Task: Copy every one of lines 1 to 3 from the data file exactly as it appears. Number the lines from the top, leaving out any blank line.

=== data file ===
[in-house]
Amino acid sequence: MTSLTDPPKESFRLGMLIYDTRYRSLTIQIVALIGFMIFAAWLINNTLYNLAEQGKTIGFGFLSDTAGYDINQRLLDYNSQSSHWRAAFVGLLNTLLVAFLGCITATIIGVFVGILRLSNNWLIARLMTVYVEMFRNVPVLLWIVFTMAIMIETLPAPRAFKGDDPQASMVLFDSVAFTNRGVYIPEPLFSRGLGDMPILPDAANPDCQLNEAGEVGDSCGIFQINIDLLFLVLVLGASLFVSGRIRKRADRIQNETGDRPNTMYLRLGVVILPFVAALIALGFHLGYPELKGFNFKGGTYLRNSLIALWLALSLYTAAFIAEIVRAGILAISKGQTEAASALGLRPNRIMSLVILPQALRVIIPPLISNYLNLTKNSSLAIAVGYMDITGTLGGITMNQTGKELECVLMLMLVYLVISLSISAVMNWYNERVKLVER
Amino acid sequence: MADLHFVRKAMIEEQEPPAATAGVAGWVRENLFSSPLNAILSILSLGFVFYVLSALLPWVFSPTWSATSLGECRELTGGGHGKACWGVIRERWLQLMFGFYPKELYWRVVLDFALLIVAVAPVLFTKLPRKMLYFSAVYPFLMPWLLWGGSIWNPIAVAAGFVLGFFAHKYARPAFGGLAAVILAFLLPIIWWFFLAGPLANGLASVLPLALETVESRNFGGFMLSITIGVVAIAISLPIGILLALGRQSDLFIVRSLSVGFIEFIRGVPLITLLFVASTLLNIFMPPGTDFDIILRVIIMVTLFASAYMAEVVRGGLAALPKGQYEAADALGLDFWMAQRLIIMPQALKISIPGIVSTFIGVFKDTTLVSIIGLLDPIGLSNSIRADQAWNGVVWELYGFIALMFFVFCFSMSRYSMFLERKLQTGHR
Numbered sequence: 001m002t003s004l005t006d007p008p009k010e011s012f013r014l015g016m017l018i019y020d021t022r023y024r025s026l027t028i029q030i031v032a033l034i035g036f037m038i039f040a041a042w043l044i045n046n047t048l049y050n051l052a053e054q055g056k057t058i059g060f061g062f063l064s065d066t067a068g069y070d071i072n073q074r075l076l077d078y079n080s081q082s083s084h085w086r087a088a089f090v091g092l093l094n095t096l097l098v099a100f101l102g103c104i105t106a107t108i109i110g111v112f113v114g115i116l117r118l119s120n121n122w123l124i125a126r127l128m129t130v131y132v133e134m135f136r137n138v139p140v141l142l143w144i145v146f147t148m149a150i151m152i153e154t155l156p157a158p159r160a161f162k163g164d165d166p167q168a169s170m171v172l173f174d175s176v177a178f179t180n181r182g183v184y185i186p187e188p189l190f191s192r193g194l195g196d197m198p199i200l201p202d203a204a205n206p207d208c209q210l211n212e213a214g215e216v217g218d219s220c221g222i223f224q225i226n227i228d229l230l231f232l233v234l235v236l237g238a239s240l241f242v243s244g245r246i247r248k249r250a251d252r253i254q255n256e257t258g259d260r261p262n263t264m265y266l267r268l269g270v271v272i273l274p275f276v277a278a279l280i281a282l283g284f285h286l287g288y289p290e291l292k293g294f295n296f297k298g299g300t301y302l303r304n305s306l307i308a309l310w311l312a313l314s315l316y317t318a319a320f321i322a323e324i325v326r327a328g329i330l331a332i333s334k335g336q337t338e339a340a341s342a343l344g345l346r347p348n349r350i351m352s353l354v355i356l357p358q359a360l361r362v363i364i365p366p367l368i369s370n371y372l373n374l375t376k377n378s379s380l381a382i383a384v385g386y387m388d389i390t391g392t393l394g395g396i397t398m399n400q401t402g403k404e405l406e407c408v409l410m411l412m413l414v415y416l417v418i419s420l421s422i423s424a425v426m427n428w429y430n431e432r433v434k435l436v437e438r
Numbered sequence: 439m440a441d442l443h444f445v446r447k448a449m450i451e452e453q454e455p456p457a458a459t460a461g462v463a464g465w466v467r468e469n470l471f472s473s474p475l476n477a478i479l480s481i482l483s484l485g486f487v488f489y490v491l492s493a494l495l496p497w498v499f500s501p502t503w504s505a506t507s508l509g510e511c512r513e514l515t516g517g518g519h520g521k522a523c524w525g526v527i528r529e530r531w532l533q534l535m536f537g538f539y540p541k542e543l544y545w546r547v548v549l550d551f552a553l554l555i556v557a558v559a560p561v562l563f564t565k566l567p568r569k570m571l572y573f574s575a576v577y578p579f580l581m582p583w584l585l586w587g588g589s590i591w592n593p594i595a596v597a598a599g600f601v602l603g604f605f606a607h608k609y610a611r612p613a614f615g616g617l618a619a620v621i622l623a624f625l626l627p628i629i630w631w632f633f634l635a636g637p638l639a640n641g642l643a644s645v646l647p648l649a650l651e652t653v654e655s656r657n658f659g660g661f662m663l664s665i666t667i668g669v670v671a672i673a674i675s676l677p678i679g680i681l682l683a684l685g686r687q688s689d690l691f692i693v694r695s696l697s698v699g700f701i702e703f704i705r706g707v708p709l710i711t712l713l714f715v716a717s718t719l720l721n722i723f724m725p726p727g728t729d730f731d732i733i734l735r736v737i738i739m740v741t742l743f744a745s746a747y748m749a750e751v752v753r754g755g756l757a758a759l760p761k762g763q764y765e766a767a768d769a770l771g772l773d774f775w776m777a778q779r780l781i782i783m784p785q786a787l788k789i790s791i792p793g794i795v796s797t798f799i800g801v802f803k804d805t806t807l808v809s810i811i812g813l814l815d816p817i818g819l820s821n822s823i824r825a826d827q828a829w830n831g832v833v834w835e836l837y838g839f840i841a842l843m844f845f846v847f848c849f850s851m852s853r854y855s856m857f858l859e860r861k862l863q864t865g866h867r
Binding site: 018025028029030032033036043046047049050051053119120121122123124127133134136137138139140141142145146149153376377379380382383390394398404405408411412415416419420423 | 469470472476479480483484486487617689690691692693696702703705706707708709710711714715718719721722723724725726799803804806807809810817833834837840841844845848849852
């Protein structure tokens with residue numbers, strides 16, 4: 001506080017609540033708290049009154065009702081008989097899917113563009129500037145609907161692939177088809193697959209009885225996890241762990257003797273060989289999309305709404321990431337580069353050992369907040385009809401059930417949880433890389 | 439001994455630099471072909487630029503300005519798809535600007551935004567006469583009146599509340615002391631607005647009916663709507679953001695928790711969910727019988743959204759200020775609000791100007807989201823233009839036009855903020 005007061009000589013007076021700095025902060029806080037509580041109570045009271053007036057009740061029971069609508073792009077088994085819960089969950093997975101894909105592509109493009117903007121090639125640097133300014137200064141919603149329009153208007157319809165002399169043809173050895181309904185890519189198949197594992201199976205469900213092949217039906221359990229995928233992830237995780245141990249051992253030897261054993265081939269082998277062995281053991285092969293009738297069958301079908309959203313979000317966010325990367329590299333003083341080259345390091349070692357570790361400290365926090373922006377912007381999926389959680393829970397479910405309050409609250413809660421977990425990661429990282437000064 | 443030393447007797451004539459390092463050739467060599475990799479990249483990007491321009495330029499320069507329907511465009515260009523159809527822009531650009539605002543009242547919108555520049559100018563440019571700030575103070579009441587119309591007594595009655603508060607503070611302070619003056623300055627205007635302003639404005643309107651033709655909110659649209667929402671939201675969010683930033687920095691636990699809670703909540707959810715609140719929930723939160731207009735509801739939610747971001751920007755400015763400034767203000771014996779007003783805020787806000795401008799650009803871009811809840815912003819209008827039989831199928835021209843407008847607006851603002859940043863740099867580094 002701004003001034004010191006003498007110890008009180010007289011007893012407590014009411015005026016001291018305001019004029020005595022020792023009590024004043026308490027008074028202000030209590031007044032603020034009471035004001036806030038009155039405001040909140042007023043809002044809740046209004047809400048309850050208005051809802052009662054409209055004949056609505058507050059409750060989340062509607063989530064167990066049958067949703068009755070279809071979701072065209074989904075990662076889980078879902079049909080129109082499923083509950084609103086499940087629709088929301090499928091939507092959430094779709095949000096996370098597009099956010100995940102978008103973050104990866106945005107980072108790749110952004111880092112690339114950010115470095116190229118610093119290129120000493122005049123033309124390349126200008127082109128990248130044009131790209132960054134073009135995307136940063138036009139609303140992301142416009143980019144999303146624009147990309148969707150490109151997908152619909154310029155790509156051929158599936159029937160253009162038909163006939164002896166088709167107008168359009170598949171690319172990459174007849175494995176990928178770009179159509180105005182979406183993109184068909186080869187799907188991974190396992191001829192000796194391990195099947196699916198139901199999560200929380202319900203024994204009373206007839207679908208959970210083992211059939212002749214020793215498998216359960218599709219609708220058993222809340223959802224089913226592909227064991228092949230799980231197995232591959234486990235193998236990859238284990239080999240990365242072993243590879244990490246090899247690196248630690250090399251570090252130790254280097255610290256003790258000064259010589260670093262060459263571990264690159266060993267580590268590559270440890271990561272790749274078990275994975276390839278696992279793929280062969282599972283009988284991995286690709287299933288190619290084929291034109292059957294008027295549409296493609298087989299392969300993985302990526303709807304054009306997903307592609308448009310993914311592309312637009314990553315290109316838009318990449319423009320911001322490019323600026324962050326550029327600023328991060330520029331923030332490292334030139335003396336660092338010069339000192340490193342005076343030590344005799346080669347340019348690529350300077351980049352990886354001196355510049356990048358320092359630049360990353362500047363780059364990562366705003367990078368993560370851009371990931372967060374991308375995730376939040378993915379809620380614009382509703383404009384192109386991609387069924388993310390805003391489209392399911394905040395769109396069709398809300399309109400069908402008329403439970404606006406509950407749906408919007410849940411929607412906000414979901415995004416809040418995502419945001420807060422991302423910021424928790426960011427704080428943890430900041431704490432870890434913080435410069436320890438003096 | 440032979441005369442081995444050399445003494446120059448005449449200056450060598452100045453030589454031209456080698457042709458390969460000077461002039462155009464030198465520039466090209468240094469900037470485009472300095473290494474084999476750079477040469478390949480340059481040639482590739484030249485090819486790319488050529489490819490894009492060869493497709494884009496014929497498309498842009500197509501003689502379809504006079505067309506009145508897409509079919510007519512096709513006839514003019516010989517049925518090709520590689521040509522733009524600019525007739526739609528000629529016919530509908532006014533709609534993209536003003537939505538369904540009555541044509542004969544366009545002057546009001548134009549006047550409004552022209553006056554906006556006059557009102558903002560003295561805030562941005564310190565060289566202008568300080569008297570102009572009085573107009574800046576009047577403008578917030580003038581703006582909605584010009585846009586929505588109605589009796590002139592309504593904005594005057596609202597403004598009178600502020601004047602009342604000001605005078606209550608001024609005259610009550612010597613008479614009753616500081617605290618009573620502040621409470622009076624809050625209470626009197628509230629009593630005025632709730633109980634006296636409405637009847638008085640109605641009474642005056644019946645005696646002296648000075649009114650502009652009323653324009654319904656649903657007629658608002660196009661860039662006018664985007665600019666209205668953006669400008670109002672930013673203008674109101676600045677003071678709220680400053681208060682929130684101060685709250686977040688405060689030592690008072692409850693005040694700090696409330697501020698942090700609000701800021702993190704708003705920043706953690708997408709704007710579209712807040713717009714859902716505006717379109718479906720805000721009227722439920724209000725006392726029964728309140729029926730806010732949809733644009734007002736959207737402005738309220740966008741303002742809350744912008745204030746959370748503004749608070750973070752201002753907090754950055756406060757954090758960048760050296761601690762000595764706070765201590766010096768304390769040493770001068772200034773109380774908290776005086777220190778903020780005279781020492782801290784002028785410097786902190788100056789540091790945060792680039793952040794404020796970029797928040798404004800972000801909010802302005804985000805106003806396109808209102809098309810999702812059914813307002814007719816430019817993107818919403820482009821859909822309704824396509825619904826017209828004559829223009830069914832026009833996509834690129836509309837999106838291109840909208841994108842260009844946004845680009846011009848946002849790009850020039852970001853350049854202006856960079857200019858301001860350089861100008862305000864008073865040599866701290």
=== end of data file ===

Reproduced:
[in-house]
Amino acid sequence: MTSLTDPPKESFRLGMLIYDTRYRSLTIQIVALIGFMIFAAWLINNTLYNLAEQGKTIGFGFLSDTAGYDINQRLLDYNSQSSHWRAAFVGLLNTLLVAFLGCITATIIGVFVGILRLSNNWLIARLMTVYVEMFRNVPVLLWIVFTMAIMIETLPAPRAFKGDDPQASMVLFDSVAFTNRGVYIPEPLFSRGLGDMPILPDAANPDCQLNEAGEVGDSCGIFQINIDLLFLVLVLGASLFVSGRIRKRADRIQNETGDRPNTMYLRLGVVILPFVAALIALGFHLGYPELKGFNFKGGTYLRNSLIALWLALSLYTAAFIAEIVRAGILAISKGQTEAASALGLRPNRIMSLVILPQALRVIIPPLISNYLNLTKNSSLAIAVGYMDITGTLGGITMNQTGKELECVLMLMLVYLVISLSISAVMNWYNERVKLVER
Amino acid sequence: MADLHFVRKAMIEEQEPPAATAGVAGWVRENLFSSPLNAILSILSLGFVFYVLSALLPWVFSPTWSATSLGECRELTGGGHGKACWGVIRERWLQLMFGFYPKELYWRVVLDFALLIVAVAPVLFTKLPRKMLYFSAVYPFLMPWLLWGGSIWNPIAVAAGFVLGFFAHKYARPAFGGLAAVILAFLLPIIWWFFLAGPLANGLASVLPLALETVESRNFGGFMLSITIGVVAIAISLPIGILLALGRQSDLFIVRSLSVGFIEFIRGVPLITLLFVASTLLNIFMPPGTDFDIILRVIIMVTLFASAYMAEVVRGGLAALPKGQYEAADALGLDFWMAQRLIIMPQALKISIPGIVSTFIGVFKDTTLVSIIGLLDPIGLSNSIRADQAWNGVVWELYGFIALMFFVFCFSMSRYSMFLERKLQTGHR